July 24, 2013
Sean Neary/Meaghan Smith
Baucus Says Collaboration Is Key to Health IT Improving Care, Lowering Costs
Finance Chairman Says Government, Providers, Health IT Vendors Must Work Together to Ensure Systems Communicate Seamlessly
WASHINGTON – In aSenate Finance Committee hearing today, Chairman Max Baucus (D-Mont.) said that health care providers, technology vendors and the government must work together to create a seamless health information technology (HIT) system that improves the quality of care and lowers costs. He added that hospitals and clinics in rural states like Montana must have the same access to HIT others do. Today’s hearing built on one held last week, which featured the administration’s perspective on the importance and growth of HIT.
“We have to do more to make sure health information technology systems are improving care and bringing down costs. These new technologies have to be able to share data and information seamlessly,” Senator Baucus said. “Rural, critical access hospitals in states like Montana have more trouble than others getting the up-front capital necessary to install HIT. And hospital-based rural health clinics are ineligible for incentive payments to help them afford technology. Those are problems we have to solve to make sure everyone benefits.”
In 2009, Congress passed the Health Information Technology for Economic and Clinical Health Act, known as HITECH. Under the law, Medicare and Medicaid give providers financial incentives to adopt HIT and to put it into “meaningful use.” The law outlines three stages of meaningful use, with each stage increasing the sophistication and integration of the technology.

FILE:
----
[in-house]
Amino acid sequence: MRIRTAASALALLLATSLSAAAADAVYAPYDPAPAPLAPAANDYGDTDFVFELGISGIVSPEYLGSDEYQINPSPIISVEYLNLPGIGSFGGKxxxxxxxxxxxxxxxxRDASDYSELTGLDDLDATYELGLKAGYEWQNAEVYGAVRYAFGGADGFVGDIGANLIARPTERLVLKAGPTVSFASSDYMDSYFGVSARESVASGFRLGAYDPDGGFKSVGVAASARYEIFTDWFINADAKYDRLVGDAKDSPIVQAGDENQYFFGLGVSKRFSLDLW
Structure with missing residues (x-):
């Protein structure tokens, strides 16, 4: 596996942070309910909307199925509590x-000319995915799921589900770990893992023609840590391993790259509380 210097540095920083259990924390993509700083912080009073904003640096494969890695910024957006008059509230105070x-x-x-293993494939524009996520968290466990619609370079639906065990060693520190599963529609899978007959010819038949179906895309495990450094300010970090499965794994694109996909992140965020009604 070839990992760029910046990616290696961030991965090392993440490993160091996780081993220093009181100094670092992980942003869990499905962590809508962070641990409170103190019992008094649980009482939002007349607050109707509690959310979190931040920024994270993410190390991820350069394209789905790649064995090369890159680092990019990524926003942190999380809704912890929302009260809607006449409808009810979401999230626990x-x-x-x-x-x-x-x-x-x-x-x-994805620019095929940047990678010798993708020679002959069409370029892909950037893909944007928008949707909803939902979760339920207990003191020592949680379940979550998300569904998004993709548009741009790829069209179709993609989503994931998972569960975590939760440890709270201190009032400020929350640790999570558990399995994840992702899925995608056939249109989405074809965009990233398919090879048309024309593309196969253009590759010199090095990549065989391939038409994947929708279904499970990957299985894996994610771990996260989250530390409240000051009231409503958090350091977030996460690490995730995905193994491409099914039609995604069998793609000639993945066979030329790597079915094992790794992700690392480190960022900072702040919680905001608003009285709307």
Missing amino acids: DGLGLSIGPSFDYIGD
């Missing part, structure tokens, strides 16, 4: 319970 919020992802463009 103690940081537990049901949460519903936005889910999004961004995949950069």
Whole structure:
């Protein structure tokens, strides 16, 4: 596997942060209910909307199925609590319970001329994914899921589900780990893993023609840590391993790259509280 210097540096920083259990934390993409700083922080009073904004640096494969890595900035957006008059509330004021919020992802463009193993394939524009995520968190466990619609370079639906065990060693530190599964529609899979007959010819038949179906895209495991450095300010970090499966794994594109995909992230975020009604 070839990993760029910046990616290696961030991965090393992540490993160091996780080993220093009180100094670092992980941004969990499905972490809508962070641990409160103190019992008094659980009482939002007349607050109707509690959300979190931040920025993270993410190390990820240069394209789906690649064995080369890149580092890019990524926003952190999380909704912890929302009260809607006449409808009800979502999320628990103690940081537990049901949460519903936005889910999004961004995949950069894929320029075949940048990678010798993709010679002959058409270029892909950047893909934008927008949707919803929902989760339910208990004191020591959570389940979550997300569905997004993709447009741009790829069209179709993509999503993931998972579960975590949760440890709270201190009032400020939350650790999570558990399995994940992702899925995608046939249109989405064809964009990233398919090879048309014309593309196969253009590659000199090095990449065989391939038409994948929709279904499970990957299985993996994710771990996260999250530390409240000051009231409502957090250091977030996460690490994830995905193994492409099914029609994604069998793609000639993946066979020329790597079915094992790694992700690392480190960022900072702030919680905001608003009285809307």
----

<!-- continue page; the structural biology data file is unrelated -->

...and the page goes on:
Stage one, which began in 2011, focuses on physicians adopting electronic health records and collecting data from those records. Stage two, set to begin in 2014, will focus on sharing electronic health information among hospitals and physicians. Stage three will focus on ensuring the information improves patient outcomes.
Senator Baucus said that with stage two approaching, providers and the government have to ensure HIT is in fact improving the quality of care patients receive. He said their work should focus on ensuring HIT systems can communicate with each other to share information and data.
Senator Baucus also said that critical access hospitals in states like Montana often face additional problems getting investment capital and access to HIT. And he added that rural, hospital-based health clinics are currently ineligible for federal HIT incentive payments. These clinics are managed by critical access hospitals, and in many cases, they are the most accessible source of health care for people who live in rural areas.